Figure 1.
Figure 1.:
BASELINE VISUAL (TOP PANEL) AND THERMAL (BOTTOM PANEL) IMAGES: INFLAMMATIONSubject 3, heel; posterior heel progressed to visible deep-tissue pressure injury on day 3.
Figure 2.
Figure 2.:
BASELINE VISUAL (TOP PANEL) AND THERMAL (BOTTOM PANEL) IMAGES: ISCHEMIASubject 83, ischium; arrows point to the ischemic area on the buttock that progressed to visible deep-tissue pressure injury on day 3.
Figure 3.
Figure 3.:
BASELINE VISUAL (TOP PANEL) AND THERMAL (BOTTOM PANEL) IMAGES: ISCHEMIASubject 40, heel; did not progress to visible deep-tissue pressure injury.
Figure 4.
Figure 4.:

Figure 2 represents visual and thermal imaging of the sacrum/coccyx in subject 83. While the focus of both the visual and thermal images was the protocol-specified area of interest (ie, sacrum/coccyx), there is nonetheless an obvious thermal anomaly (−5.2° C) associated with ischemia over the right ischium, which is also in the field of view. This is near a small area of visible erythema, which itself exhibits a slight temperature elevation (approximately 1° C). Despite interventions to mitigate progression, this area of ischemia manifested to a visually identifiable DTPIs on day 3 postimaging.

Figure 3 represents visual and thermal imaging of the right heel in subject 40. Note the significant negative temperature gradient (−4.5° C) versus adjacent normal skin, indicating an area of ischemia. Protocol-specified interventions to mitigate further development of DTPIs were implemented, and this thermal anomaly in the right heel did not manifest to a DTPI despite a significant ischemic temperature gradient upon admission. A similar outcome was achieved in this subject’s left heel, in which an ischemic thermal anomaly was also noted (image not shown).

Figure 4 represents visual and thermal imaging of the sacrum/coccyx in subject 37. This is illustrative of the thermal images obtained in the overwhelming majority of patients and depicts an absence of thermal anomalies in an anatomical area of interest. None of the anatomical areas of interest deemed to have insignificant baseline temperature differentials during the course of the study developed into a visible DTPI at any time during the patient’s stay.

Institutional DTPI Incidence

A total of 31 HAPIs were reported within the institution’s ICUs during the 12-month period July 2015 to June 2016, translating to an average incidence of 2.58 HAPIs per month. Within the study population, during the 2-month study period, 2 of 12 thermal anomalies documented as present on admission progressed to a visually identifiable DTPI, representing an incidence of 1 per month. Of the remaining 10 thermal anomalies identified on admission, none progressed to DTPIs, likely a result of intensive wound prevention procedures implemented once the thermal anomalies were documented. No visually identifiable DTPIs or pressure injuries developed in any of the remaining 105 study patients who, as a result of baseline thermal scanning, were found not to have any thermal anomalies present in anatomical areas of interest.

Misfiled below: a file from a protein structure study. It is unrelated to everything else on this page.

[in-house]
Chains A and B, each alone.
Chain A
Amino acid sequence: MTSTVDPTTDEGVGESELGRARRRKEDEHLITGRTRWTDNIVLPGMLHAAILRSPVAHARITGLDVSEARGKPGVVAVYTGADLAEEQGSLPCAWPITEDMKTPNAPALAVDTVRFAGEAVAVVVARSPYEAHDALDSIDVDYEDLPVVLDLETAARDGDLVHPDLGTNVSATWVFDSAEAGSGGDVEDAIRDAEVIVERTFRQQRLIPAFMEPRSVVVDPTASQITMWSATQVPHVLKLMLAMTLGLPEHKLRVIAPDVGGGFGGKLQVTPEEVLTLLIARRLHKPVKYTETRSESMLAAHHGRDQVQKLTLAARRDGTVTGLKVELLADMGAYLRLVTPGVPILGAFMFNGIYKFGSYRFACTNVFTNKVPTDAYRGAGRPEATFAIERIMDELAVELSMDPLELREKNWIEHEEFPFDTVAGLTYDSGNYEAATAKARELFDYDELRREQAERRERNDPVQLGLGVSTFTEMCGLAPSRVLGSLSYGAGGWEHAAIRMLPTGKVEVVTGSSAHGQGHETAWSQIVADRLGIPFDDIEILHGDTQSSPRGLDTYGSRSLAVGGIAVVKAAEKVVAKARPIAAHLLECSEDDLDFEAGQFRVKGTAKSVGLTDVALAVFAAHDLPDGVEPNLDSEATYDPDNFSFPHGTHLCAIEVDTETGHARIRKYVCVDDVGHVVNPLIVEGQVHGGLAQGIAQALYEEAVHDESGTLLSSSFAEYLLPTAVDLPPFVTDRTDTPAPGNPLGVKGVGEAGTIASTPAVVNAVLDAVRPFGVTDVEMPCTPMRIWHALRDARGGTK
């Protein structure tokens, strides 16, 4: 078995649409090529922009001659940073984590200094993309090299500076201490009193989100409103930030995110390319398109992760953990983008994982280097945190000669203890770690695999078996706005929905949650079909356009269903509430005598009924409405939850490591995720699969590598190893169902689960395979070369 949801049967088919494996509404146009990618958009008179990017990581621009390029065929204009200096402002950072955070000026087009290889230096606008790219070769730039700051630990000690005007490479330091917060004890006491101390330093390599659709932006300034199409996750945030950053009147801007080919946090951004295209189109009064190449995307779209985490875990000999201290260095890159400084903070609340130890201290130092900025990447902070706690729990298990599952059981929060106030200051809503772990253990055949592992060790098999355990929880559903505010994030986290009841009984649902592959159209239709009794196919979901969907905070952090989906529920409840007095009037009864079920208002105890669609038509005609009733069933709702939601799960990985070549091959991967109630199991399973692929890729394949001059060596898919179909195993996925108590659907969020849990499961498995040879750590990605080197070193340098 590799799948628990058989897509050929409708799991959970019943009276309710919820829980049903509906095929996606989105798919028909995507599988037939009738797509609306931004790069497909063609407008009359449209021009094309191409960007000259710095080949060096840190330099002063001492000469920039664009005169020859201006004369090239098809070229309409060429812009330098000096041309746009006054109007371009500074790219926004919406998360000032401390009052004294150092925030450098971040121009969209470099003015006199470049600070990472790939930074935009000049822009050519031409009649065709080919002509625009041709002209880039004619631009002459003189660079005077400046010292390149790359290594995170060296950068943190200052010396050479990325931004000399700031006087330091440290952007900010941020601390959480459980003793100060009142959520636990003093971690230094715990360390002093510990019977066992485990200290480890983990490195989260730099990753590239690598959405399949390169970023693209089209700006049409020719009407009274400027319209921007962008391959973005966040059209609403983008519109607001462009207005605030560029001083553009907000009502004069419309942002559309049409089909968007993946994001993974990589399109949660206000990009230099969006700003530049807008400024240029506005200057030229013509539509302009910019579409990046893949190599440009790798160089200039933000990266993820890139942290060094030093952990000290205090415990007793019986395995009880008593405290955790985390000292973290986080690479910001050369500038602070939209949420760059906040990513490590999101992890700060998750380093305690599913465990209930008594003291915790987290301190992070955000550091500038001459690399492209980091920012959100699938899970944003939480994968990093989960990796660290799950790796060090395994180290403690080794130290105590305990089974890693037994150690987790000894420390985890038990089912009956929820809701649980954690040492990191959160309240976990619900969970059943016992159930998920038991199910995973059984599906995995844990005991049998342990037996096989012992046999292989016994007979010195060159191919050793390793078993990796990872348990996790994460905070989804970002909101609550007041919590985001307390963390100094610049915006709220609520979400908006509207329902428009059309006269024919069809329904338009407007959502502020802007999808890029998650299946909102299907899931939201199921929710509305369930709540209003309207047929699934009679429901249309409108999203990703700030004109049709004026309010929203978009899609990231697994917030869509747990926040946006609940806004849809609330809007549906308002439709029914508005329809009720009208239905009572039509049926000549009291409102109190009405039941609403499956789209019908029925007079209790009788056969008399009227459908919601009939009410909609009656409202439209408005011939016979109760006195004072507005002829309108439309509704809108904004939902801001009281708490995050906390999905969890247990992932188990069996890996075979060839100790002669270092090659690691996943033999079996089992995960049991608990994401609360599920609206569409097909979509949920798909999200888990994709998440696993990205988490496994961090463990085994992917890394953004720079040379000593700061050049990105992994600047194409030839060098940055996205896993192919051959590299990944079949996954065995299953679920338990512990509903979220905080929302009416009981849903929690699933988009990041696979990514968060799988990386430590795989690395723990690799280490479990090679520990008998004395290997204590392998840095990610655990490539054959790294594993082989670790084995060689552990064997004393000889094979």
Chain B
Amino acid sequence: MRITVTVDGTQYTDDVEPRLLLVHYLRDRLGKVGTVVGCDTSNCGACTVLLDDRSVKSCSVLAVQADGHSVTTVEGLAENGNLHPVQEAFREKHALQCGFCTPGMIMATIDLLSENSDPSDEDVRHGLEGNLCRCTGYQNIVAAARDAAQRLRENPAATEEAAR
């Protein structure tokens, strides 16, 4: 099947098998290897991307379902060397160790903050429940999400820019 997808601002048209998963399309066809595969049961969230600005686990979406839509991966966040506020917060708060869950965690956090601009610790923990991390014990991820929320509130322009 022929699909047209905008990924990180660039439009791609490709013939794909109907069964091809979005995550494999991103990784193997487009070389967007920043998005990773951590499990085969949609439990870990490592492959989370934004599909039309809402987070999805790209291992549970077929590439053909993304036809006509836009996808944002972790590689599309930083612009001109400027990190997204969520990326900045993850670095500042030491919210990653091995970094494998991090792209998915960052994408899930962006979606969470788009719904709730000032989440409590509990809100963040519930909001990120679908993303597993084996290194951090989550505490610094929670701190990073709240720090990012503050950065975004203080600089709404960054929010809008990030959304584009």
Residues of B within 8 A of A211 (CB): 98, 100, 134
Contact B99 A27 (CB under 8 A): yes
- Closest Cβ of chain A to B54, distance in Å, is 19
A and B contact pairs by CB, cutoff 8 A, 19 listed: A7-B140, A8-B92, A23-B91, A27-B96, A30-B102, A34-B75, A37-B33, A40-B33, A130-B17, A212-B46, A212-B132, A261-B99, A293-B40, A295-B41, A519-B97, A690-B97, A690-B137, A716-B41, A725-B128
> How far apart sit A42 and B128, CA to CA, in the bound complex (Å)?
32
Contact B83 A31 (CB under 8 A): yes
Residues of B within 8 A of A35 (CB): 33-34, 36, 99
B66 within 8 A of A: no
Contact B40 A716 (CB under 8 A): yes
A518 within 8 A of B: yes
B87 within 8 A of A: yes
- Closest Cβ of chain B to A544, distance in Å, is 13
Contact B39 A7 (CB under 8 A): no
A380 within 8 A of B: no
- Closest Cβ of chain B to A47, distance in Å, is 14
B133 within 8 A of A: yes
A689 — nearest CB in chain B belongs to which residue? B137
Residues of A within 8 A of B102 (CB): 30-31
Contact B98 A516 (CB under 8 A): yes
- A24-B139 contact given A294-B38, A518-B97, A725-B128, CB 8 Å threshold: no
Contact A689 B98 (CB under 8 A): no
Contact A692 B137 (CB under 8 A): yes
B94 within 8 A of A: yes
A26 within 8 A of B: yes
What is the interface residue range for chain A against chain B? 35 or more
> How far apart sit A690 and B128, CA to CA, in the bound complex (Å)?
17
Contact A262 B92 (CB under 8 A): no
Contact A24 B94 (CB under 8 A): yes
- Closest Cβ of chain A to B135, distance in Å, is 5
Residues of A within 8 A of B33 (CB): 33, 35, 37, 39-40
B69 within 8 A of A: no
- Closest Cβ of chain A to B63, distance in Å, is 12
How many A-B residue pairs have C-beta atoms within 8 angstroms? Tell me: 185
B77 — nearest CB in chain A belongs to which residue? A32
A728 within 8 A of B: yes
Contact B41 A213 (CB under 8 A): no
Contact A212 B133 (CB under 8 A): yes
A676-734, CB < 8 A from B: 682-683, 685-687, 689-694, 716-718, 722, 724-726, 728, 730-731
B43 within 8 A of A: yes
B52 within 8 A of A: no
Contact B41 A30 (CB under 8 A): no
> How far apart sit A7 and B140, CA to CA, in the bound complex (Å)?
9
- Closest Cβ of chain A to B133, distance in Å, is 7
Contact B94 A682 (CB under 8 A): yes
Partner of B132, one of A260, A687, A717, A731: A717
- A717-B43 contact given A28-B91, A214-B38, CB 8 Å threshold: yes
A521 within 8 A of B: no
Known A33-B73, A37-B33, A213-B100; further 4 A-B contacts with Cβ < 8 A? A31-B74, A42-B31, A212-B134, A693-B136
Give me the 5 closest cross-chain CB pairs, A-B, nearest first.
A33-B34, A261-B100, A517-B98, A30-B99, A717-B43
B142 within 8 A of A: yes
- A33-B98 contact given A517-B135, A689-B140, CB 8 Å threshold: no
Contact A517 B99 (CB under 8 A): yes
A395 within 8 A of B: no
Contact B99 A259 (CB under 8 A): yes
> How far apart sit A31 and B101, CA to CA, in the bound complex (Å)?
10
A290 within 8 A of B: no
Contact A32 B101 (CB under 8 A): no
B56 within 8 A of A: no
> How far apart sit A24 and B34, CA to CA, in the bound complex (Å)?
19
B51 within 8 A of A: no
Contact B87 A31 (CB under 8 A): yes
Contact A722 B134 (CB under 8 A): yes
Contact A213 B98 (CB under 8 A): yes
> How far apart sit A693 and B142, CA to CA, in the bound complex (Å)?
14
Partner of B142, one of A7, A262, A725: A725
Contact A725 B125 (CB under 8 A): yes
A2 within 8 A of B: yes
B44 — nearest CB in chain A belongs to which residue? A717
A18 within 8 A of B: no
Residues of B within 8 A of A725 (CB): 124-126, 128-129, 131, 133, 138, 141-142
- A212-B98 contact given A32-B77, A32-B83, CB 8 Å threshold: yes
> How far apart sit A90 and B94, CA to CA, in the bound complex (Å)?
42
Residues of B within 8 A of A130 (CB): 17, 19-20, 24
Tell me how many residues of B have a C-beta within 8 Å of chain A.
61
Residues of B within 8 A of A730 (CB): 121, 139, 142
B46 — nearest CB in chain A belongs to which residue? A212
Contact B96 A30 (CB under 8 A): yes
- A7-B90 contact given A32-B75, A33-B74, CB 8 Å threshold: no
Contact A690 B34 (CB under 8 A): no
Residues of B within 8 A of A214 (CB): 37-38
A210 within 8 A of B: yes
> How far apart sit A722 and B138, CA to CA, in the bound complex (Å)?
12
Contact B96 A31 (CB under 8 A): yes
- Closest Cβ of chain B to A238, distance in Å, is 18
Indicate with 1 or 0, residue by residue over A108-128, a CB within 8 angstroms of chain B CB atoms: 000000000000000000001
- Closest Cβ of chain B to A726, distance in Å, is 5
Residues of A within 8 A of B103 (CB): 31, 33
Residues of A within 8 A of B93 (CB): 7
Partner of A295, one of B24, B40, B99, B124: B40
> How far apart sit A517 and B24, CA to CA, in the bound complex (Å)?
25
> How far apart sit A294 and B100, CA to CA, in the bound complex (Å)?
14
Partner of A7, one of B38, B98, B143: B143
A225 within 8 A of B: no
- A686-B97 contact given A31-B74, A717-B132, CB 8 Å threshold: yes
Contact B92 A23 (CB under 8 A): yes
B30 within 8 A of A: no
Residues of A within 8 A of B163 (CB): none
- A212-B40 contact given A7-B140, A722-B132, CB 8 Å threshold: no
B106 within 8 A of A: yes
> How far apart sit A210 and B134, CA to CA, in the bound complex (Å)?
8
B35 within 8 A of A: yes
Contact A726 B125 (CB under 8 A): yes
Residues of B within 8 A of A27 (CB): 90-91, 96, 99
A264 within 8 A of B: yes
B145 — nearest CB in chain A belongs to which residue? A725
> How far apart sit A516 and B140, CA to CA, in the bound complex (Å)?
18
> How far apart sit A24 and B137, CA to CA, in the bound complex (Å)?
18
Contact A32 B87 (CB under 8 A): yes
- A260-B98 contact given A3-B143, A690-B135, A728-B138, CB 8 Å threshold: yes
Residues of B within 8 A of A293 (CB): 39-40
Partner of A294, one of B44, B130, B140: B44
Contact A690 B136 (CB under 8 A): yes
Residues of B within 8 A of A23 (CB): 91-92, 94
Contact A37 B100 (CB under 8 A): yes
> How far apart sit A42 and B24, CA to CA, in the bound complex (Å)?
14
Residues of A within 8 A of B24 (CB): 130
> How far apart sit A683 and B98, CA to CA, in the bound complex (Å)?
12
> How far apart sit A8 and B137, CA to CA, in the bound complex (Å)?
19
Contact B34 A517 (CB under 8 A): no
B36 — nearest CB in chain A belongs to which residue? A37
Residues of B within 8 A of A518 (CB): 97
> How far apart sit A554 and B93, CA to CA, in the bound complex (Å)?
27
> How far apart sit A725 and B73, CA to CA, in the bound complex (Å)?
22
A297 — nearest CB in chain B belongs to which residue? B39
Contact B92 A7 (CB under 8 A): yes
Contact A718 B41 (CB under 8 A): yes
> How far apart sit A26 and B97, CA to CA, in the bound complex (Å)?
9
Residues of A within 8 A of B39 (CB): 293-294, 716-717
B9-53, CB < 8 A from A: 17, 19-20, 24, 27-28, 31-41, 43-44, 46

An important distinction is that, although two visually identifiable DTPIs developed during the 2-month study period, these were in fact not considered HAPIs because they were documented as present on admission. Given the historical HAPI incidence, approximately five HAPIs could have been expected during the 2-month study period (2.58 × 2 = 5.16). In fact, only two visually identifiable DTPIs occurred during this period, both of which were documented as present on admission. Therefore, the HAPI rate during the study period was zero.

Intensive wound prevention procedures implemented at admission likely helped mitigate the development of DTPIs in the remaining 7 patients/10 thermal anomalies identified as at risk by thermal imaging. As shown in Table 1, the intervention protocol in the event that an area of interest demonstrated a thermal anomaly was fourfold: (1) moisture control by placing the patient on a low air loss mattress; (2) increase turns to every hour; (3) float the heels off of the bed surface, as indicated; and (4) administer castor oil and balsam peru three times daily. A review of the patient charts indicated that this protocol was followed in every instance.

Ultimately, early detection translated directly into tangible clinical benefits: the DTPI rate decreased significantly during the study period compared with the historical DTPI/HAPI rate.

Revenue Implications

The revenue loss from DTPIs not documented as present on admission (and therefore not reimbursable) is $43,180 per case. Therefore, the two DTPIs in the present study that manifested in skin where a thermal anomaly was noted and documented as present upon admission represent $86,360 in preserved revenue for the institution, because the costs of care for these DTPIs are considered reimbursable.

From January 2014 to December 2016 (36 months), a total of seven documented institutional legal events (indemnity payments, litigation costs, and other associated payments) were associated with HAPI lawsuits in the authors' institution. This translates to total estimated legal costs of $1,953,000 (based on an estimate of $279,000 per event) or an average monthly cost of $54,250 for HAPI litigation. Again, the two DTPIs documented as present on admission would not represent a legal liability for the institution, translating to $108,500 in preserved revenue.

The estimated total revenue preserved (HAPI reimbursement of 2 DTPIs × $43,180/DTPI = $86,360, plus litigation costs of 2 months × $54,250/mo = $108,500) over the 2-month study period was $194,860 (Table 3). Additional HAPI-associated elements anecdotally noted by study personnel to have been qualitatively impacted include pain, infection, therapy delays, morbidity, length of stay, caregiver time, facility outcome reporting (safety/future risk of quality measures), and skin risk factors for future DTPIs.

Table 3.
Table 3.: